Phil is looking forward to seeing ArriveSupplied’s progress post Startup Weekend, when the team use their prize of ten free days at The Biz Dojo premises.
Team Selecta, an app for organising sports teams and players by ranking, positions they play and availability, was the runner-up. The People’s Choice award went to Wedding Advisors, an app and website designed as a one stop shop for wedding supplier listings, that could also be peer reviewed.
With 115 participants and mentors, 40 ideas pitched, 12 teams formed and the event attracting interest from twice as many people as were able to attend, another Startup weekend is already on the cards and you can register here.
RadioLIVE were at Startup Weekend and they recorded an hour long programme from the event which you can listen to here.
Thirsty Thursdays? No! First Thursdays.
If there was ever a better reason needed to spend time at the Biz Dojo, apart from hanging out with a bunch of totally rad peeps, it would be that right on our doorstep is the First Thursdays Festival. Actually this time around we invited it in to our home and sat it down for a good catch up over a cup of tea and slice of pie.
From live tattooing, to a plethora of musicians and artists, DJ’s, street performers and everything in between, there t’was never a dull moment on K’Road from 6pm Thursday till mum called us in for dinner on Sunday.
And yes, of course we were right in amongst it - in fact our very own Biz Dojo residents Dandy & Co put on a pretty ‘out of this world’ experience with their Pearshaped Party in the Garden which you can check out here; vimeo.com/65574723
We also hosted the awesome pop up venue PedalPixal, who brought along their experimental two wheeled Makey Makey Meanderer where pedalling participants got to take some pretty epic journeys around the world without having to go very far at all (no mind altering substances required).
We certainly can’t wait for the next one, and as soon as the date is announced, we recommend putting that bad boy in your calendar A-SAP.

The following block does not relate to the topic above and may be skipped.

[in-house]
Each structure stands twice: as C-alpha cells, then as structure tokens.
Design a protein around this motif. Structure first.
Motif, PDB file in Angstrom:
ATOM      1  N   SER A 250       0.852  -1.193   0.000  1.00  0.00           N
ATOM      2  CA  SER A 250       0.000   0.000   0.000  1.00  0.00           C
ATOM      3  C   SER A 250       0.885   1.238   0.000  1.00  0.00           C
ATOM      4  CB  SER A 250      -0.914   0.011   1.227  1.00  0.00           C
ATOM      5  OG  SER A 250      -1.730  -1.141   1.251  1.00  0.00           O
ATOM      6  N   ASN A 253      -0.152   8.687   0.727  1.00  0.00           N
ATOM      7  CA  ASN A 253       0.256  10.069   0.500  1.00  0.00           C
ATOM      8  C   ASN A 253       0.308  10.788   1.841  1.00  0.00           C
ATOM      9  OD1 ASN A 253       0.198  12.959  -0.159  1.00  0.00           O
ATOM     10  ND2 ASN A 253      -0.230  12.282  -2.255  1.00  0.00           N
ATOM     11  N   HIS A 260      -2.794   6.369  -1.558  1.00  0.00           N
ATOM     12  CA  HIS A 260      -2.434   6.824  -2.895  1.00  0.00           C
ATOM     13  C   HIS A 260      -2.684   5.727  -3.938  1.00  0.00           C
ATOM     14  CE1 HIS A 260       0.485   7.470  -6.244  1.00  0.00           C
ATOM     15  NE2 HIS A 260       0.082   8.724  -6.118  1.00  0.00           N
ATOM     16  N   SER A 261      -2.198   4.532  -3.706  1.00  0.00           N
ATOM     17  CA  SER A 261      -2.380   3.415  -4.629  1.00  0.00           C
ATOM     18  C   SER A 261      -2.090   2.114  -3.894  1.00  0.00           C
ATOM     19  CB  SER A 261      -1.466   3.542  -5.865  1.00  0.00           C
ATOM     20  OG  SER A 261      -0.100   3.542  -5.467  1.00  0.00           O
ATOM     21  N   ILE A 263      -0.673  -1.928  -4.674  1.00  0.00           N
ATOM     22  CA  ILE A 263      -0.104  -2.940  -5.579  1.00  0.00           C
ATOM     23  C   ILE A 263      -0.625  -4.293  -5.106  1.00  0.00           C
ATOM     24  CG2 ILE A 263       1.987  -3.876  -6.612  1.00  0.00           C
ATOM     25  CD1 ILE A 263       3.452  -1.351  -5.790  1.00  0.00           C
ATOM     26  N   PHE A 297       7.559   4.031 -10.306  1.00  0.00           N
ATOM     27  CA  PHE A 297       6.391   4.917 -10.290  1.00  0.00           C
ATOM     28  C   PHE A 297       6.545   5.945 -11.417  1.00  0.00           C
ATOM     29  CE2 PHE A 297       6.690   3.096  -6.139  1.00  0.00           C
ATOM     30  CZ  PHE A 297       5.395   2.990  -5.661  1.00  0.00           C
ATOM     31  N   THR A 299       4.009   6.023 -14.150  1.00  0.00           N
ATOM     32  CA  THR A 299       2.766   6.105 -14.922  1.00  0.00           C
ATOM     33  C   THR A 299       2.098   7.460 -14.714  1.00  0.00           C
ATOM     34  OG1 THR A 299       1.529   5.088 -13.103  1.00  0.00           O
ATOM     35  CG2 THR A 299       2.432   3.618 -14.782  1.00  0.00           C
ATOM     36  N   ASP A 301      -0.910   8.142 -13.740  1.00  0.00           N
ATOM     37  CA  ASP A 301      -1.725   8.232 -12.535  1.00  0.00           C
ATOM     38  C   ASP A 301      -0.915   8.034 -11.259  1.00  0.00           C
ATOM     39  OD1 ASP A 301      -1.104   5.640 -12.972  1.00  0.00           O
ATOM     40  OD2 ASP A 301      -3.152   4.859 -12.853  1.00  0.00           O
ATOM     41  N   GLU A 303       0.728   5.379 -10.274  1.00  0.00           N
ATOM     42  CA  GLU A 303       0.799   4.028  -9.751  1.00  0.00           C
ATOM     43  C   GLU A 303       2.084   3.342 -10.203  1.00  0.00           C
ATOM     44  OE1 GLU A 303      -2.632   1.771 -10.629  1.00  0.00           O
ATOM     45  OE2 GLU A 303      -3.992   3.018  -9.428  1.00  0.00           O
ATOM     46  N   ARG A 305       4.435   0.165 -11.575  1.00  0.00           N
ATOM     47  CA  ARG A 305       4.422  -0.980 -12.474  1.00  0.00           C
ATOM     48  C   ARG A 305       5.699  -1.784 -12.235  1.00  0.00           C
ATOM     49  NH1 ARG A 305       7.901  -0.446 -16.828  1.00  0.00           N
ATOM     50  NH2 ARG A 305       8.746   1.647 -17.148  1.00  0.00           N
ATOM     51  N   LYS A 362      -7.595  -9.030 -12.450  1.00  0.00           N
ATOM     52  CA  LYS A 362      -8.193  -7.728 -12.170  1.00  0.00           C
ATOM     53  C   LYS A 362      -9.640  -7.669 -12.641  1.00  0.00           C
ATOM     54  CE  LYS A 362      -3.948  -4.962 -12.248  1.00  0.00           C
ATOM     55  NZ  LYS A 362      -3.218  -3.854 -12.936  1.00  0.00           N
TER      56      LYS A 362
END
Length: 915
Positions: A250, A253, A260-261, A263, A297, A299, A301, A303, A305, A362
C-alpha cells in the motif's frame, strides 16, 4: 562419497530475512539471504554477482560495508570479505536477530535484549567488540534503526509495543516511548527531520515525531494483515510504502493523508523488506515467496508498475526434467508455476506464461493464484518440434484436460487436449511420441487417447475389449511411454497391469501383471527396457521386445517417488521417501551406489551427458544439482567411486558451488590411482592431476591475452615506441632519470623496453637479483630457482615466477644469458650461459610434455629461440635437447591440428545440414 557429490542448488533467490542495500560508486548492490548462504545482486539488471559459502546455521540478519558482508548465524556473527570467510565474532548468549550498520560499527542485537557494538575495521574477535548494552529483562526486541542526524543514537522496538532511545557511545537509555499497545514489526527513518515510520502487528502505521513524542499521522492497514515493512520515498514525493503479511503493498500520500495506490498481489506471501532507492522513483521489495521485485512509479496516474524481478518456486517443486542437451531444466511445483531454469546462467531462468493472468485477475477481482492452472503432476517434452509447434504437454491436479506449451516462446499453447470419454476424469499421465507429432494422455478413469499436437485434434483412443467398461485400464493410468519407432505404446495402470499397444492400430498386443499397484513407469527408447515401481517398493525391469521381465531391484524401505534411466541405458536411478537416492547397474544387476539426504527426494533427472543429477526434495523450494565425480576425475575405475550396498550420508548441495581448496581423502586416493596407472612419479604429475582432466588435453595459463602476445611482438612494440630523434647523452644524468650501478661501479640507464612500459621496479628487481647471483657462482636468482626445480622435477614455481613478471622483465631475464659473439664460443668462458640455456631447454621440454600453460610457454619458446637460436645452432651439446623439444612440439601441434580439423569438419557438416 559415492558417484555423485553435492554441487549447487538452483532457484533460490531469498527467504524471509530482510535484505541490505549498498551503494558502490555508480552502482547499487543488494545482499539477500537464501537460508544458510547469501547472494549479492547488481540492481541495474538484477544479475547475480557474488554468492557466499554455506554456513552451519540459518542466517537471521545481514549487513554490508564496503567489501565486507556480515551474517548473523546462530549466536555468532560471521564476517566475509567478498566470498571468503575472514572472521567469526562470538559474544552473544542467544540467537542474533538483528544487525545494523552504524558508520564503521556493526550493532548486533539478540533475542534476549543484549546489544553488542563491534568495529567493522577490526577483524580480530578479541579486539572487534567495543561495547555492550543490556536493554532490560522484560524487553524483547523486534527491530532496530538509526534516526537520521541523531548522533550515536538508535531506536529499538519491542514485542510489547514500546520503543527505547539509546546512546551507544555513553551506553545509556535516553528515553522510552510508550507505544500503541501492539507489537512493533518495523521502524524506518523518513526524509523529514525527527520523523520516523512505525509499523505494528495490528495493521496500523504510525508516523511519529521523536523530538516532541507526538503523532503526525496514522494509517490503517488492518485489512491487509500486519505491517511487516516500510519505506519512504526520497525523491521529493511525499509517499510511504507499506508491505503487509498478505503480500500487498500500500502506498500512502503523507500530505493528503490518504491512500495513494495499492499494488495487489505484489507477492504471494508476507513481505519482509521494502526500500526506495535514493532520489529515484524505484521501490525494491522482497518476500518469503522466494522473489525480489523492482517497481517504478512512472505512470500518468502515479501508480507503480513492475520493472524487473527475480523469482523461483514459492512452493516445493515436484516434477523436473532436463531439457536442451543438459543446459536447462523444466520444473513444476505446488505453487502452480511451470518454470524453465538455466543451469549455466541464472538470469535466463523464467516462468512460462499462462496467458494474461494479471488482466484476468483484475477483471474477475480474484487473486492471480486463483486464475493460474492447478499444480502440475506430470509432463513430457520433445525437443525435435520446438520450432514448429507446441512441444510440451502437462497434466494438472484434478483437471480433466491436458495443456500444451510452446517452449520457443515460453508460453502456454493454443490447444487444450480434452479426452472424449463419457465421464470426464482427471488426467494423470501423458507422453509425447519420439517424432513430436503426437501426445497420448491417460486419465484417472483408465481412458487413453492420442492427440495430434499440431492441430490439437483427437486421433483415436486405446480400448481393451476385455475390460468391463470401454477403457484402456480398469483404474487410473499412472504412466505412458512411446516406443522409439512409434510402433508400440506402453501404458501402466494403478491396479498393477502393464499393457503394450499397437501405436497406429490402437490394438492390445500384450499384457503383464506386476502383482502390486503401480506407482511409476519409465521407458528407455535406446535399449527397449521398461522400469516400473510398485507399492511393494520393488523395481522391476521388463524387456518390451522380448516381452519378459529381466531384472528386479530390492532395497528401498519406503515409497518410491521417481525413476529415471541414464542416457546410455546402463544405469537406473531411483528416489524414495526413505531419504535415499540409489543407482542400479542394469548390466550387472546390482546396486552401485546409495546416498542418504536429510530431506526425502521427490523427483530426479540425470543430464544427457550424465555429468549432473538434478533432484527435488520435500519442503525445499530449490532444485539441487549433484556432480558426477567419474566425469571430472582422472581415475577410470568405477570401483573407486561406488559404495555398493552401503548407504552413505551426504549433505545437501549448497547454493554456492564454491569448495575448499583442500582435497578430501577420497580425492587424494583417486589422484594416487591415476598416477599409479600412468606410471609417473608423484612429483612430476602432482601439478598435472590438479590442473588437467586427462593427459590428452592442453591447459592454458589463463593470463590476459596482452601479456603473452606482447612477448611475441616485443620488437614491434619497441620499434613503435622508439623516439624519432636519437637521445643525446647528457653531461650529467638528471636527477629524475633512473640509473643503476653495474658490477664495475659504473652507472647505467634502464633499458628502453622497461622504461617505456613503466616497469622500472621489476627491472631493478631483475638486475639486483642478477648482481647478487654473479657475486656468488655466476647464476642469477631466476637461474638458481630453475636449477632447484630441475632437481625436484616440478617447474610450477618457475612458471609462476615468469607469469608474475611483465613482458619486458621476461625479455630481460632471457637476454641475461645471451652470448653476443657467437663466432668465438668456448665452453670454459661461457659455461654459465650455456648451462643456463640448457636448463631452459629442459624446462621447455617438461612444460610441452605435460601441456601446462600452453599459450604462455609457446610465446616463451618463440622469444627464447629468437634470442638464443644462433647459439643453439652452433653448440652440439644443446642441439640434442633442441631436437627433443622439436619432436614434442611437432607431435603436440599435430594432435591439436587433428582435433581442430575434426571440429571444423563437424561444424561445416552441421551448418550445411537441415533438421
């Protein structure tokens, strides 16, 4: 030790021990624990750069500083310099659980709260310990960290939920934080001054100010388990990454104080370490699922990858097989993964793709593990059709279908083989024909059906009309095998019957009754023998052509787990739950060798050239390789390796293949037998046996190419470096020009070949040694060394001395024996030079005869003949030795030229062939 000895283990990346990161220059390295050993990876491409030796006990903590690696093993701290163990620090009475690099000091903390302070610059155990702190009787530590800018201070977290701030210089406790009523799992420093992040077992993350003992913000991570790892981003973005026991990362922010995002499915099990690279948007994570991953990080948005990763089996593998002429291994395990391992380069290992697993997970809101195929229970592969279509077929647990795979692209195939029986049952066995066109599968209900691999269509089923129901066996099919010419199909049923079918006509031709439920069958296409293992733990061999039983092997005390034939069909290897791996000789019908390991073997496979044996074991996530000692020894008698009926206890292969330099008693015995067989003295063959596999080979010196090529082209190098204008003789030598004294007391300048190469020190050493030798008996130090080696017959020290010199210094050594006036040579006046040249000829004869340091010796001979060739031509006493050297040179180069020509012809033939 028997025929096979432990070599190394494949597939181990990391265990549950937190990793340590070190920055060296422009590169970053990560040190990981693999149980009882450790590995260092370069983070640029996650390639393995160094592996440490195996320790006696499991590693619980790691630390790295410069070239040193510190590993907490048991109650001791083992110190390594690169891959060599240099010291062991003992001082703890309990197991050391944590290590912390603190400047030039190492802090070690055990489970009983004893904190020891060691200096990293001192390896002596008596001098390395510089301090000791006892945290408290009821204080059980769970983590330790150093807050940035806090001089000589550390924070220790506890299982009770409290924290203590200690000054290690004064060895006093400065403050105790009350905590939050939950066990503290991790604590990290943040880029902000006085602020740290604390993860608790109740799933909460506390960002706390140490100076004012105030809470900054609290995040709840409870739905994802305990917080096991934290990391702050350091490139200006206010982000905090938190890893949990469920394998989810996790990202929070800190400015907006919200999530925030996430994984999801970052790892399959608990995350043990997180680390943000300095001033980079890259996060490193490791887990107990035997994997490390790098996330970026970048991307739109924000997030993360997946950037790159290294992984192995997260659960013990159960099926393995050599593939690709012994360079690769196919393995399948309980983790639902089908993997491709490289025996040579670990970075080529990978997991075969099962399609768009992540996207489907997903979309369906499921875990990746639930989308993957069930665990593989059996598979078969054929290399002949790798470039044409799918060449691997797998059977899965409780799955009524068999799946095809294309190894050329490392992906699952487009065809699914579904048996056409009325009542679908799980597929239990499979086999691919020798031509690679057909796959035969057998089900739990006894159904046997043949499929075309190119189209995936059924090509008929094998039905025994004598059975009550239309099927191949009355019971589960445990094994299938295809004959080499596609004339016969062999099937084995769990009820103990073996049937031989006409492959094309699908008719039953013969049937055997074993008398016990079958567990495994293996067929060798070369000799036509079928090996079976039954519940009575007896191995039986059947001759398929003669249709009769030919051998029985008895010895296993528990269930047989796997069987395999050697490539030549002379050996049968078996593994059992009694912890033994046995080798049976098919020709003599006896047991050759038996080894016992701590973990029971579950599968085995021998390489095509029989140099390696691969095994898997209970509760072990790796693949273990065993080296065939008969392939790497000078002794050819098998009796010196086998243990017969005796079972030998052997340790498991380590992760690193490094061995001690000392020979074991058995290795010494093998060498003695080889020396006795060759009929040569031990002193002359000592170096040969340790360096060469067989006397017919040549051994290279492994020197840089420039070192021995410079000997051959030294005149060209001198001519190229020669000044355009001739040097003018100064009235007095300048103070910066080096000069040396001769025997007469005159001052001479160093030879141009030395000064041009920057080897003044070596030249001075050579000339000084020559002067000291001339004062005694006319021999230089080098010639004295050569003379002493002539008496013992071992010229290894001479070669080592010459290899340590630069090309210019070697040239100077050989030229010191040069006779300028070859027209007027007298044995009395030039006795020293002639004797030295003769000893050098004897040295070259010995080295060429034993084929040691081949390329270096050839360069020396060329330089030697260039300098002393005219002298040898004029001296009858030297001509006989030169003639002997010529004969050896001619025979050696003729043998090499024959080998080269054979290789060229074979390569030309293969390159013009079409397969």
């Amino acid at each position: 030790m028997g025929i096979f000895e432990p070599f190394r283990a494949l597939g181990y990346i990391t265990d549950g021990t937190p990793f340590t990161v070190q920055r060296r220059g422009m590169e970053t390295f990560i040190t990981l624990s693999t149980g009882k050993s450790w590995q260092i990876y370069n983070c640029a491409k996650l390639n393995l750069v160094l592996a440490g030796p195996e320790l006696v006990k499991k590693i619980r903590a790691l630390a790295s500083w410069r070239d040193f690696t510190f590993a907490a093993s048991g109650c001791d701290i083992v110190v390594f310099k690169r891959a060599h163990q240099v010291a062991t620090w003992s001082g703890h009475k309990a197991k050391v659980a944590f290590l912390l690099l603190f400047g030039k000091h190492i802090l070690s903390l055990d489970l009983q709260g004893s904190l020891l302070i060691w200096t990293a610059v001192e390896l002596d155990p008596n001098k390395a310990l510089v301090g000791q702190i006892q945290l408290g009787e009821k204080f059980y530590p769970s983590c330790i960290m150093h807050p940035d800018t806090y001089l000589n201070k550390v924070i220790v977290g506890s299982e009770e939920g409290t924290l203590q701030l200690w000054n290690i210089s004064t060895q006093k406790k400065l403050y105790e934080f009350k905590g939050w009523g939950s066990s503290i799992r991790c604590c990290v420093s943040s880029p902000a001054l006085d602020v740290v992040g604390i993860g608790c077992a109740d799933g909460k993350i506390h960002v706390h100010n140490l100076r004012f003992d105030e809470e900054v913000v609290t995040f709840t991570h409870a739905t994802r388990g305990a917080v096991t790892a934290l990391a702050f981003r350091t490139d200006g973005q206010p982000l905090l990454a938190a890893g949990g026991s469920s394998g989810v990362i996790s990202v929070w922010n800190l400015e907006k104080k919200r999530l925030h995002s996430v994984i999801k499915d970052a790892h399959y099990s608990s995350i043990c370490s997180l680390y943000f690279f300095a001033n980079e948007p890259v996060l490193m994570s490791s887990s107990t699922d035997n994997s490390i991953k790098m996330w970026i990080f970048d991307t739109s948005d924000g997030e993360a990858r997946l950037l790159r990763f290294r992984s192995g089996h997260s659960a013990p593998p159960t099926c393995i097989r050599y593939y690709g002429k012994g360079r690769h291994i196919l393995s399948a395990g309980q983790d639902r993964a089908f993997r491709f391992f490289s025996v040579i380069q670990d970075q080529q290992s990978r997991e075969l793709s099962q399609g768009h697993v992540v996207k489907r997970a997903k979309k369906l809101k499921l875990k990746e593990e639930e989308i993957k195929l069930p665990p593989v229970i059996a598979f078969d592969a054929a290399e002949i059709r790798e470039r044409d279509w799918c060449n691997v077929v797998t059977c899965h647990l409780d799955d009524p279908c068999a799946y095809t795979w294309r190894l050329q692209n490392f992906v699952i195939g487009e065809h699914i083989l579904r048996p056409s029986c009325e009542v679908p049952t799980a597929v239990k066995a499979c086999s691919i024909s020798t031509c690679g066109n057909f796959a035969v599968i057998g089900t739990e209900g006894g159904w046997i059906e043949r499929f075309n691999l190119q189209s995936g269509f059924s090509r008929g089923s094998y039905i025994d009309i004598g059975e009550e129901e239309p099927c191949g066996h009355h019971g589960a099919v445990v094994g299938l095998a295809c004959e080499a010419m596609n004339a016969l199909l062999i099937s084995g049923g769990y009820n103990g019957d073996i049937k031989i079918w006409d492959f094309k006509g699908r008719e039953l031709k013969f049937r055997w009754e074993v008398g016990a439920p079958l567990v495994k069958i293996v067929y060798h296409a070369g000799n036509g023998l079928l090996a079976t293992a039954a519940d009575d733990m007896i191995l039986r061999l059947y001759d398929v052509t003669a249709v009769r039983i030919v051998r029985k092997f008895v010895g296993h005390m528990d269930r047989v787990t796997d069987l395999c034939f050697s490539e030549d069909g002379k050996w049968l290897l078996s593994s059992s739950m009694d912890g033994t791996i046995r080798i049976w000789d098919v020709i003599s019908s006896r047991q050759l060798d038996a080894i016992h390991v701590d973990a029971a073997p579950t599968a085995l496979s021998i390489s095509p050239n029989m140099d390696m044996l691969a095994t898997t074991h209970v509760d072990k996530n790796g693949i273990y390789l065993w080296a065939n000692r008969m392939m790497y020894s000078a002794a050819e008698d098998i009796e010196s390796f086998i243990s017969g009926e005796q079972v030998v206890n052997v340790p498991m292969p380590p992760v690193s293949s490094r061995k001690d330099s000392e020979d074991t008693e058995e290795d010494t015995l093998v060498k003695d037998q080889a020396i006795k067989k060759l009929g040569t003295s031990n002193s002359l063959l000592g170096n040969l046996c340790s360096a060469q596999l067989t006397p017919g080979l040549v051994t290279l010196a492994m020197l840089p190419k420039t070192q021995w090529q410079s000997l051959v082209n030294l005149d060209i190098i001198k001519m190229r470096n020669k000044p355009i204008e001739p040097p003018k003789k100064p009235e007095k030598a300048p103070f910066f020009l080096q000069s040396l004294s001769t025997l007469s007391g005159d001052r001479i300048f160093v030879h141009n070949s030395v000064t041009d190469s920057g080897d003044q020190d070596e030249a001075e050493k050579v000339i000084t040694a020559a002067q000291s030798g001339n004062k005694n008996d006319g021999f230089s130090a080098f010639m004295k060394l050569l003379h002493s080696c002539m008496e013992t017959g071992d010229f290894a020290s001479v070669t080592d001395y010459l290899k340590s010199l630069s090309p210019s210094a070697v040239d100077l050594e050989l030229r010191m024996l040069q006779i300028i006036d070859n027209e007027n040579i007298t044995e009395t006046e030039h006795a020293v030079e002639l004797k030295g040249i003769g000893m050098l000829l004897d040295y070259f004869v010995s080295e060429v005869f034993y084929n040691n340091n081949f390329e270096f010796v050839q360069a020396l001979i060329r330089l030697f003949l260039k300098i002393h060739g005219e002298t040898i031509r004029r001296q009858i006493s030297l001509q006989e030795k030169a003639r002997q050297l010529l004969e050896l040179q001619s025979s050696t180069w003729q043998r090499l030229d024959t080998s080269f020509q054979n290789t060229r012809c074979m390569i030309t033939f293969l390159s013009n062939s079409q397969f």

Keep an eye out here for news; www.firstthursdays.co.nz
Lightning Lab strikes Auckland
Ahead of its Demo Day next week, New Zealand’s first digital start-up accelerator Lightning Lab touched down in our Auckland pop-up event space with some tips on how to ensure accelerator success.
With a wide range of the local startup community in attendance, including new Auckland accelerator Hopscale and angel investors Sparkbox, around 60 participants were able to get valuable insight with where people go wrong, and then get back on the right track, when it comes to the growth of accelerator initiatives here in the land of the long white cloud. And almost no one knows as much about how accelerators can triumph over those ‘start-up hiccups’ than Laura Reitel, the former programme manager for US-based accelerator Techstars who was invited over to New Zealand by Lightning Lab founding partner, Wellington’s Creative HQ. (Lightning Lab is NZ’s only member of the Global Accelerator Network, established by Techstars and with 50 particpating accelerator programmes globally).
Reitel’s main point that hit home for the Dojo team: the minute an application is submitted to an accelerator programme, the individual or team needs to be drumming up interest and activity around their concept.